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INTRODUCTORY  ESSAY.                                 151
the mountains is the same which prevails all over India in
those hilly districts in which there is a moderate rain-fall be-
twcen June and September, and diy weather for the remain-
der of the year. The moisture-loving- types of Malabar and
the Concan do not occur, and the common trees arc Butea
frondosa, Acacia Catechu^ Cassia Fistula, Careya arbofea,
and all those trees which are common in the tropical parts of
the middle Himalaya. The same vegetation extends north-
ward along the west face of the Arawali range, and probably
on the Katiwar lulls. In the valley of the Nerbada, which is
more humid, a more varied flora will probably be met with.
14. SINDH.
The province of Sinclh extends from the sea on the south
to the borders of the Panjab on the north „ Westward it is
bounded by the mountains of Beluchistin, and on the east it
is continuous with the desert of Morwar. Sindh is an alluvial
plain watered by the various branches of the Indus. For the
most part it is perfectly level, hut a few low liills (spurs from
t lie Beluoh mountains) here and there, as at Rori, Hyderabad,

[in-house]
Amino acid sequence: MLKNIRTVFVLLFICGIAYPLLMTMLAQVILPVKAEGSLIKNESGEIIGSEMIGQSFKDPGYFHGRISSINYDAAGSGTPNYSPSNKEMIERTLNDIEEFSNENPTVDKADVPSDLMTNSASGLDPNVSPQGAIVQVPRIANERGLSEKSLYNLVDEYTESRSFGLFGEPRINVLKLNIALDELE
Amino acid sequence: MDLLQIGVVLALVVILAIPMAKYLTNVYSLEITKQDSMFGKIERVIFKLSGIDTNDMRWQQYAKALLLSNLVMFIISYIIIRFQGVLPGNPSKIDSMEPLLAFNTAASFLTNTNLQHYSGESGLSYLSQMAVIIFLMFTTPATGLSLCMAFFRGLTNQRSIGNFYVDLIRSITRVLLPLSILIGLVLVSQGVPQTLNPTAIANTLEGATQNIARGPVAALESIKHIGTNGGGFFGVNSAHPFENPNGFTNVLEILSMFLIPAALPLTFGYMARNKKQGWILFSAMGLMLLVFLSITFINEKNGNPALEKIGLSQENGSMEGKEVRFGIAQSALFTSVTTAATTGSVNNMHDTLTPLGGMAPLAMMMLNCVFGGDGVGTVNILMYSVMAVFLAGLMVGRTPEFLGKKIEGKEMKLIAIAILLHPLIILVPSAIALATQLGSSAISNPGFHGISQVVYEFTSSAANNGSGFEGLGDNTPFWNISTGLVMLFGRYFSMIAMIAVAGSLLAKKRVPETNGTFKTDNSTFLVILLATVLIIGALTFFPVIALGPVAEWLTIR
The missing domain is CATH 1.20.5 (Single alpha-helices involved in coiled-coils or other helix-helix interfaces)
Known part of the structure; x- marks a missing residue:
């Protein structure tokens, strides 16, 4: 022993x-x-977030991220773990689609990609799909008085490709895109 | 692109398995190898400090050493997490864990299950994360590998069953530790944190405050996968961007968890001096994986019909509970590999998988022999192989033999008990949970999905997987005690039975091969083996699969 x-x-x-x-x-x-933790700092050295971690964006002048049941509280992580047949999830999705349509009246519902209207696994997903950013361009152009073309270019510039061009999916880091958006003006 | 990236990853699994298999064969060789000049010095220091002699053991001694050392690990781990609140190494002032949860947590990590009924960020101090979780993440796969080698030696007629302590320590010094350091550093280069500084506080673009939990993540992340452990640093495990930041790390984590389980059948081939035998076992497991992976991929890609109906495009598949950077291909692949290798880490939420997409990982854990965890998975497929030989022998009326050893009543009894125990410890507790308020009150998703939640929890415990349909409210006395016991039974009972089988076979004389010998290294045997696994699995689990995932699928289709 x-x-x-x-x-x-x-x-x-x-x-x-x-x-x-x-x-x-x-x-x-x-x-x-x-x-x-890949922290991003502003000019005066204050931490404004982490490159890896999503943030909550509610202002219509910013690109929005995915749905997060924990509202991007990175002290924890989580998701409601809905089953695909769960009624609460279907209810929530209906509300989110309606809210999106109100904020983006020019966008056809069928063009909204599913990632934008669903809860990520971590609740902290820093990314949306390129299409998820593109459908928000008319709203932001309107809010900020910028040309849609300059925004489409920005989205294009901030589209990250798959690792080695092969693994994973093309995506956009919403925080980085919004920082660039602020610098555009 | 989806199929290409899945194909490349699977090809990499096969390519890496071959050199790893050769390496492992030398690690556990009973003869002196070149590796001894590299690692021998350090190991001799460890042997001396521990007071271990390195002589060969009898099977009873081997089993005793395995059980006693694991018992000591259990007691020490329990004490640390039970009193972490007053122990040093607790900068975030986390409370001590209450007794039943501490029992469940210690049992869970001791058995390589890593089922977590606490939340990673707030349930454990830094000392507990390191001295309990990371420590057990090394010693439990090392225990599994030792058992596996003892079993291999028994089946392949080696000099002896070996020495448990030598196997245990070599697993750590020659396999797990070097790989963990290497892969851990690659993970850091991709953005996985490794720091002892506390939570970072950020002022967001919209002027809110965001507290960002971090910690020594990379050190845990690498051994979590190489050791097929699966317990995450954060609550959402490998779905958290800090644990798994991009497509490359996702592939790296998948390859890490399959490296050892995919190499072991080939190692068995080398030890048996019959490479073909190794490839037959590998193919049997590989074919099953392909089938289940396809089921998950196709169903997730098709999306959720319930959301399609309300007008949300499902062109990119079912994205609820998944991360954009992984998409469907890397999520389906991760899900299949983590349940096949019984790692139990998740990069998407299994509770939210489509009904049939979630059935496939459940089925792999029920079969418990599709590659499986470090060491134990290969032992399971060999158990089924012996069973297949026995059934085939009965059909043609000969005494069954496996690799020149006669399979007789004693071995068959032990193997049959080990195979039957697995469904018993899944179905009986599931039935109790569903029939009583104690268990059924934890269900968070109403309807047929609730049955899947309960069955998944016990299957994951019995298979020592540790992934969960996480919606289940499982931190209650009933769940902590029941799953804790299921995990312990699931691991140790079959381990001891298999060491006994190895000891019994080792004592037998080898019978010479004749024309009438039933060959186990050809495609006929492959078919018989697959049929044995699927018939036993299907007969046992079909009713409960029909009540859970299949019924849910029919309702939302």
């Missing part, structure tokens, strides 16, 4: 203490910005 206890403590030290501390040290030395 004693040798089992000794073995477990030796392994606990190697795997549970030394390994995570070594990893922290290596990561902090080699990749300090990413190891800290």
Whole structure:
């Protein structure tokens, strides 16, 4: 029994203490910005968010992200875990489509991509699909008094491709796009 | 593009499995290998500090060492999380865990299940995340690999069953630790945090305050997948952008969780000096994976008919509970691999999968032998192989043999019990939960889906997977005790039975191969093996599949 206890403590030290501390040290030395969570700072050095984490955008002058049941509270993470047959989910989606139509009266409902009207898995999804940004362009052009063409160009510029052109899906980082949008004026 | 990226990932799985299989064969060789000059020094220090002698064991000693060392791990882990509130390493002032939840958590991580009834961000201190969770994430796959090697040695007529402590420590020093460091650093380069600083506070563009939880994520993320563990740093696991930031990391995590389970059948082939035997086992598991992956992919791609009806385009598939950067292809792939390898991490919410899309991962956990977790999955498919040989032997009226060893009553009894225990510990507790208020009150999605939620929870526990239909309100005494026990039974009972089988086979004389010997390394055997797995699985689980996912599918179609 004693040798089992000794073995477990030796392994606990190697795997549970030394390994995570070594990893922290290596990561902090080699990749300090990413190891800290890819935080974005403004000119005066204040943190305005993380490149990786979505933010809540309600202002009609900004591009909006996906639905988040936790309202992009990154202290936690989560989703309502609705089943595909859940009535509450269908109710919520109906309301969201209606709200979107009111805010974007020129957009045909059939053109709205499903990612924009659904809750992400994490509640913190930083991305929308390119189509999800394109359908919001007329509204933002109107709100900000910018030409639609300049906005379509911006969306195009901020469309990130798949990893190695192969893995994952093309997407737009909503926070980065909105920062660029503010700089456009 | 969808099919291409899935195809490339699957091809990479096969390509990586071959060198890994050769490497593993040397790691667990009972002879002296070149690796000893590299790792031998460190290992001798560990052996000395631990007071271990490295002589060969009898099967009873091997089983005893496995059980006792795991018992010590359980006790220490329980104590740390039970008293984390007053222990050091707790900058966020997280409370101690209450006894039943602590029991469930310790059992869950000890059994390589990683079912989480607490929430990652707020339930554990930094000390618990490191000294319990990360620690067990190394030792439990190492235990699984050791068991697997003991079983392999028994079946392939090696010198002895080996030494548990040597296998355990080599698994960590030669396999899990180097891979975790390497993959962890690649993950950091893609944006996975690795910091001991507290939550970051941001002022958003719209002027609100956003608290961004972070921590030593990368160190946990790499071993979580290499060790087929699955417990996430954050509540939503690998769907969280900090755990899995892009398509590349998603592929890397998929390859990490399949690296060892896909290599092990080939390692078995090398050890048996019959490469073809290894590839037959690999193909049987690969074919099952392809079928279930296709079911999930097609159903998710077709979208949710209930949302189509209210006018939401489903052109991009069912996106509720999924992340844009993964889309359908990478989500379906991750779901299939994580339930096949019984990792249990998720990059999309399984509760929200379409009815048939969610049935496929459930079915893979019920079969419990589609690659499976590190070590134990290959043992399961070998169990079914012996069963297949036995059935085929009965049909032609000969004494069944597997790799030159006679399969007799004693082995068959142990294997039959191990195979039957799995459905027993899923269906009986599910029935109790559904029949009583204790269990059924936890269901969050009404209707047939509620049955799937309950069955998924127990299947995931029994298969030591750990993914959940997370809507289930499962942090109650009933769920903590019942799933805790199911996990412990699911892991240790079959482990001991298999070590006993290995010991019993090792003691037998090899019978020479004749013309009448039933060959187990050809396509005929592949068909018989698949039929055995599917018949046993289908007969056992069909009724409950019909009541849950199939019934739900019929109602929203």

and Karachi, advance close to the Indus.
The climate of Sindh is perfectly arid, little or no rain falling
at any period of the year. Now and then, however, exceptional
seasons occur, when heavy showers fall at intervals, especially
at the commencement of the south-west-monsoon, at which
time there is a considerable rain-fall in the mountains of Be-
luchistau and Afghanistan. The average rain-fall of Sindh is
not more than four or five inches, but occasionally upwards of
twenty inches of rain have been registered. Even with this
amount of rain, however, the climate is so dry that the air does
not remain humid for any length of time, the storms being
transitory in duration. Tho heat is therefore very great, and
tluğ, mo.au temperature probably as high aĞ anywhere in India.
Though extremely tortile where irrigation is practicable,
Sindh is, in consequence of the grout clryness of the air, na-
turally stmle. Tiux* Js no forest of largo trees; uwl though